I don’t know if journalism is really a dying art. People still want (and need) good quality journalism, but perhaps its forms are taking broader shapes, and mixing with other types of news and art forms. The rise of high quality documentaries for example. But certainly the traditional print newspaper is doomed.
Clay Shirky writes about this certain demise over at The Medium. I picked out a few quotes which I thought were constructive for progress:
The first piece of advice is the most widely discussed in journalism circles — get good with numbers. The old ‘story accompanied by a chart’ was merely data next to journalism; increasingly, the data is the journalism. Nate Silver has changed our sense of political prediction. ProPublica has tied databases to storytelling better than anyone in the country. Homicide Watch can report more murders (all of them, in fact), using fewer people, than the Washington Post. Learning to code is the gold standard, but even taking an online class in statistics and getting good at Google spreadsheets will help. Anything you can do to make yourself more familiar with finding, understanding, and presenting data will set you apart from people you’ll be competing with, whether to keep your current job or get a new one.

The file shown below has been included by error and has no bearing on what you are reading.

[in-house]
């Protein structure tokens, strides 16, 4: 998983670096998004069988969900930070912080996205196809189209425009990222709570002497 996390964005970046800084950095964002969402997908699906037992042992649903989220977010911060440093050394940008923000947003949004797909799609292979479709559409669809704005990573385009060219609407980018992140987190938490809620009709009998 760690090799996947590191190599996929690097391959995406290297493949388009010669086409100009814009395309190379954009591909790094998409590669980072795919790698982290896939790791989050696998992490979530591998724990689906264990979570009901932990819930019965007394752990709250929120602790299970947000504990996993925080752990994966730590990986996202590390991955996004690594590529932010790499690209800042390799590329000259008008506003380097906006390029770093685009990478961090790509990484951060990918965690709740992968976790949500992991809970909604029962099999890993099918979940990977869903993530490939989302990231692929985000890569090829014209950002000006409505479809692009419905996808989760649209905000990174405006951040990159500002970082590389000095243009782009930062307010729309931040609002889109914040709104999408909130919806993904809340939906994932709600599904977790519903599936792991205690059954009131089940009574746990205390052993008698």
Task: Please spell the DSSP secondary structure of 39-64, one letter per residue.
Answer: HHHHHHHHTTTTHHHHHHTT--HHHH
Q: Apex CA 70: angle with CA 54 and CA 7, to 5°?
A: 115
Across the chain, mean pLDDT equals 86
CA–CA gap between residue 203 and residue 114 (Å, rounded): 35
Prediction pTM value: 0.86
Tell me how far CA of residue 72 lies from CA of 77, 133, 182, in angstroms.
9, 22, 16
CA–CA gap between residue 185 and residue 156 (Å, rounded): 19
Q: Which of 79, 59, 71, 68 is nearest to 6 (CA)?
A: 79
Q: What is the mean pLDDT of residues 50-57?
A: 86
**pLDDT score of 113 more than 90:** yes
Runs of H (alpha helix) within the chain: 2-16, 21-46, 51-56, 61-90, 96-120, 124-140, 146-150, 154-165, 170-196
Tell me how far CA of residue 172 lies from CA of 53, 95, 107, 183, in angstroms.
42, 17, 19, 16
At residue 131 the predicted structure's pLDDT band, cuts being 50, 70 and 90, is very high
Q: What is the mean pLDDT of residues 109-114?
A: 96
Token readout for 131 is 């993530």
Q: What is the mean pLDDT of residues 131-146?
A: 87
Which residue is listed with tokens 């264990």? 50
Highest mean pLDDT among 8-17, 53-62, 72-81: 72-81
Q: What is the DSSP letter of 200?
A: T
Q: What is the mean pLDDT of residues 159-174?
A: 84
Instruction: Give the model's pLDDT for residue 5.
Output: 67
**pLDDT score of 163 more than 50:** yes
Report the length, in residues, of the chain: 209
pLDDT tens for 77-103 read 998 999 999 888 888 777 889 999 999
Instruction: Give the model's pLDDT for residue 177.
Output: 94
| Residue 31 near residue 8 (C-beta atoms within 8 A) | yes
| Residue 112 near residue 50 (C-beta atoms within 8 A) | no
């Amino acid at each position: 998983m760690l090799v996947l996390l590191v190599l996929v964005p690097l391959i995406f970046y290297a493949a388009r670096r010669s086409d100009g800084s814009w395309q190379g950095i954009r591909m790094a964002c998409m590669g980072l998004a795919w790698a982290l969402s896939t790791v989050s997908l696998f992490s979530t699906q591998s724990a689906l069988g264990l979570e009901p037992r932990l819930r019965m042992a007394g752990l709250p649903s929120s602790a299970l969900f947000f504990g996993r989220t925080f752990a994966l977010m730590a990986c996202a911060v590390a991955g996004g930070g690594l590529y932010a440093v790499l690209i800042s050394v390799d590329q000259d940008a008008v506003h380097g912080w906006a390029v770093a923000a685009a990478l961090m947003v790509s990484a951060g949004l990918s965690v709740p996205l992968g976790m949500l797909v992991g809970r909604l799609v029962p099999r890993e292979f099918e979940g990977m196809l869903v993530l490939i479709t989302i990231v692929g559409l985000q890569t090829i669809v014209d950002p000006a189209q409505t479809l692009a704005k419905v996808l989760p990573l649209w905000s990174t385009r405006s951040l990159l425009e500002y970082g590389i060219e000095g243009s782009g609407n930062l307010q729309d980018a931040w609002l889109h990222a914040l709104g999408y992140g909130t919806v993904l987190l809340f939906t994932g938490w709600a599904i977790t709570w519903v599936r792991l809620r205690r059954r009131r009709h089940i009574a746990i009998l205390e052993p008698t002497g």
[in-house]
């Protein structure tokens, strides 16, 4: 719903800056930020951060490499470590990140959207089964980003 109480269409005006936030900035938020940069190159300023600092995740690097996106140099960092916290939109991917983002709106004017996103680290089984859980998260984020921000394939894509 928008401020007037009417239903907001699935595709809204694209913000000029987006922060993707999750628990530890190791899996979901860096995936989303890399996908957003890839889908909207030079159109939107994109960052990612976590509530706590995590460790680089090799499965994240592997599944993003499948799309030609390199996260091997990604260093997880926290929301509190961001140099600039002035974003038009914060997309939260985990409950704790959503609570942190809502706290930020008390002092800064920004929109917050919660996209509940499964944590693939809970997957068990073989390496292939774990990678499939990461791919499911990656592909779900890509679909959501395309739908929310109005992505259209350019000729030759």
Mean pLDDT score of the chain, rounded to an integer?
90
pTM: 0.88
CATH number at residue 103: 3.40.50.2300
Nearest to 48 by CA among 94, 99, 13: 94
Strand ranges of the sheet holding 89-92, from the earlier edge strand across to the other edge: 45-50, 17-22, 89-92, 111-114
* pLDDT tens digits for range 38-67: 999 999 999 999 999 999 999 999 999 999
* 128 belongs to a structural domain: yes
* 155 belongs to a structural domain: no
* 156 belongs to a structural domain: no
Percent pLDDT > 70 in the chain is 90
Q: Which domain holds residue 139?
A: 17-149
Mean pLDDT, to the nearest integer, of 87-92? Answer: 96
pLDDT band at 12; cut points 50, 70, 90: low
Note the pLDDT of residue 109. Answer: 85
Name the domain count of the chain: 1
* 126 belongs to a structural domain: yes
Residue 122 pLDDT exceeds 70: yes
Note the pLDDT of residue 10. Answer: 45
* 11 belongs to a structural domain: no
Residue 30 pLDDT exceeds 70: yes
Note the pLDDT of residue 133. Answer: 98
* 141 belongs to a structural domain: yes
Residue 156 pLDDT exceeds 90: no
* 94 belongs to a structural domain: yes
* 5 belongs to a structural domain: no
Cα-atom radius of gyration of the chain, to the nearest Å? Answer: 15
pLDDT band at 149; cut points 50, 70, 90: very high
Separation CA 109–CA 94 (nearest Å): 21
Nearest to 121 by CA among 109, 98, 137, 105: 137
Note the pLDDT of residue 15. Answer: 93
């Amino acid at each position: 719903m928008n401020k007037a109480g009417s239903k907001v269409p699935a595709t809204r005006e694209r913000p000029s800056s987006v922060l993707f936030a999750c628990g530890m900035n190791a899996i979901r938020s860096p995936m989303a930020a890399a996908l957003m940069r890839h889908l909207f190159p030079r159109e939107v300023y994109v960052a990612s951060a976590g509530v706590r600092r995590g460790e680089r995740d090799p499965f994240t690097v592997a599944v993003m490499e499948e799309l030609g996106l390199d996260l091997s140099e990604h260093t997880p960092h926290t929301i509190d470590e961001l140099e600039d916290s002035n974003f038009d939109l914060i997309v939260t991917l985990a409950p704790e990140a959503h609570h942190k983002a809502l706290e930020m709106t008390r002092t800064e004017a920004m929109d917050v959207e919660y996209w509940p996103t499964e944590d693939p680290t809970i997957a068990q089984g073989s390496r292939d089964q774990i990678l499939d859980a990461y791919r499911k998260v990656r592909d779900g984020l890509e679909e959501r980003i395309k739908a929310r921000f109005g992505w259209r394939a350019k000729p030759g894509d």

Second, learn to use social media tools to find stories and sources. Social media was first absorbed as a marketing tool, but a medium that allows direct access to the public is also a journalistic one. Examples small and large, from photos of a plane landing in the Hudson River to the Guardian’s crowd-sourced analysis of hundreds of thousands of Parliamentary expense reports, rely on a more permeable relationship between the newsroom and the outside world. Practice reading conversations on Facebook and looking at photos on Instagram to look for story ideas; understand how a respectful request for assistance on Twitter or WeChat can bring out key sources or armies of volunteers.
There was one other common reaction among the people I spoke with about the coming changes: almost to a person, they noted that journalists can no longer rely on their employers to provide the opportunities to learn new skills.
With regards to the last point, this is true for almost any profession today, so I don’t feel too sorry for them. Your employer employs you, you train yourself. We’re in the motivation economy now.